It may come as a surprise to you that today is Fresh Veggies Day. It will, however, not come as a surprise that adding fresh vegetables to an older person’s diet can have a huge impact on health. As taste buds decline, seniors are likely to eat fewer foods and may not always make healthy choices, so it can be up to the caregiver to encourage consumption of fresh fruits and vegetables.
Eating better can increase mental acuteness, build resistance to illness and disease, raise energy levels, shorten recuperation times and help manage chronic health problems. A nutritious diet will also lead to a positive outlook and emotional balance. Not convinced yet? Wait till we tell you how easy it is to add vegetables into your repertoire.
Adding a salad as a side dish to any meal is one of the simplest ways to serve veggies. Tomatoes and lettuce are especially important in hot weather, since they are high in water content and help keep seniors hydrated. A cold gazpacho soup or vegetable juice are also healthy and hydrating choices.
You can make a vegetable medley by lightly sauteing a mixture of vegetables pretty much whatever you have in your refrigerator and garnishing with fresh herbs such as basil, dill, thyme, mint, or chives. The strong flavors of the herbs will make the veggies tasty even for the most reluctant eater.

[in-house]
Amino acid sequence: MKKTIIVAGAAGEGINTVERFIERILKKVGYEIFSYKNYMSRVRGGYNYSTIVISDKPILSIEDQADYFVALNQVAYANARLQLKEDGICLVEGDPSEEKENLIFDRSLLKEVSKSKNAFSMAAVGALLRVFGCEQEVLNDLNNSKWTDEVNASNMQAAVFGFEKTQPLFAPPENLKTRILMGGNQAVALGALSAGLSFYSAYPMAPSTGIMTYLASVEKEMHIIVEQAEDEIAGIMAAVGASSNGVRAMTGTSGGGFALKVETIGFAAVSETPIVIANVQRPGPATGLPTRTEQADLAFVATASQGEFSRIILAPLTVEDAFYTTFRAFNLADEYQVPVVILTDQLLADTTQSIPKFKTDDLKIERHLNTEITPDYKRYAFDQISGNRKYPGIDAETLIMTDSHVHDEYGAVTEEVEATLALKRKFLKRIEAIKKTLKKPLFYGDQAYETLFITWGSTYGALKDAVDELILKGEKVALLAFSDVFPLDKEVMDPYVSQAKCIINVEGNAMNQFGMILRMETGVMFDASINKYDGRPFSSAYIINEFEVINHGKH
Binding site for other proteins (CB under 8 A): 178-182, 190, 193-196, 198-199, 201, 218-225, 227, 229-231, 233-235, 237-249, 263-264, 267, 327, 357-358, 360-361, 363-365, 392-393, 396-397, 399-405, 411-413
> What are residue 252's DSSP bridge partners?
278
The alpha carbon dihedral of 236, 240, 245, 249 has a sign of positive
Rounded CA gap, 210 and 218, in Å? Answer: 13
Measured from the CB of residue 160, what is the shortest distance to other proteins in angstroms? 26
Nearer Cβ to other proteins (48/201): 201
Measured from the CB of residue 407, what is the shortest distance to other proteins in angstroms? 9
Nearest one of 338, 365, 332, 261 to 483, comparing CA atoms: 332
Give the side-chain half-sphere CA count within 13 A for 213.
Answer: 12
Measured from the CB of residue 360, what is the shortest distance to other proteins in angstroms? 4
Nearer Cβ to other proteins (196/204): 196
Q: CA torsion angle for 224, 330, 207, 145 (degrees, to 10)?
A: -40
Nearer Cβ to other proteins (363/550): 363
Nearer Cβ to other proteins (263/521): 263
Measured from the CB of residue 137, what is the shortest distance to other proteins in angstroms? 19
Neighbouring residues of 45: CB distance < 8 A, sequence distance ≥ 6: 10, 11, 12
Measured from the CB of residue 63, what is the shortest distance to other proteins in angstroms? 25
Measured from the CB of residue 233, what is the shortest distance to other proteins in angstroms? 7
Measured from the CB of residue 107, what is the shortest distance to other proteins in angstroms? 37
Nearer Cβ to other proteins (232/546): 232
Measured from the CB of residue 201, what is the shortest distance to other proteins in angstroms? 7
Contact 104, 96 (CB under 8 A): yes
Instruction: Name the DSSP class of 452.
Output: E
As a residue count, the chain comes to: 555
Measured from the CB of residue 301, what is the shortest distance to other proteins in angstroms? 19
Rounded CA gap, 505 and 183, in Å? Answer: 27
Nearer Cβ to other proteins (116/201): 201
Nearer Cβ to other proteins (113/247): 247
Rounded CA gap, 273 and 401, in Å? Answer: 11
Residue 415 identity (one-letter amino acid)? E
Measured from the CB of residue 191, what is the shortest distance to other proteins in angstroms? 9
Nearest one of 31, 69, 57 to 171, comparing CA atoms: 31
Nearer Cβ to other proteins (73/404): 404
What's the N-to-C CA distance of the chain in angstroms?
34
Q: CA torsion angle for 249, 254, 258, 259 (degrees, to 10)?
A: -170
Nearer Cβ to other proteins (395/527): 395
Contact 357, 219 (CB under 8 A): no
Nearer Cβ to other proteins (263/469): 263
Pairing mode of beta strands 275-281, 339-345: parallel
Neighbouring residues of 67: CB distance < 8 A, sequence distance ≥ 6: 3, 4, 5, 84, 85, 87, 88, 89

Green leafy vegetables like spinach, kale and collard greens are rich in lutein, which protects cells from damage. You can serve them with a light sprinkling of olive oil, lemon and black pepper. Combine them with tomatoes, orange bell peppers and cucumbers or serve alone.
If you’re barbecuing outdoors or grilling indoors, throw a few onions, sweet potatoes and peppers on the grill along with fish or meat. You’ll get that great charred taste on the outside of the veggies while maintaining their fresh state on the inside.
Of course, before making any dietary changes, consult with your senior’s physician to be sure you aren’t including foods you should be avoiding. And then let your imagination run free!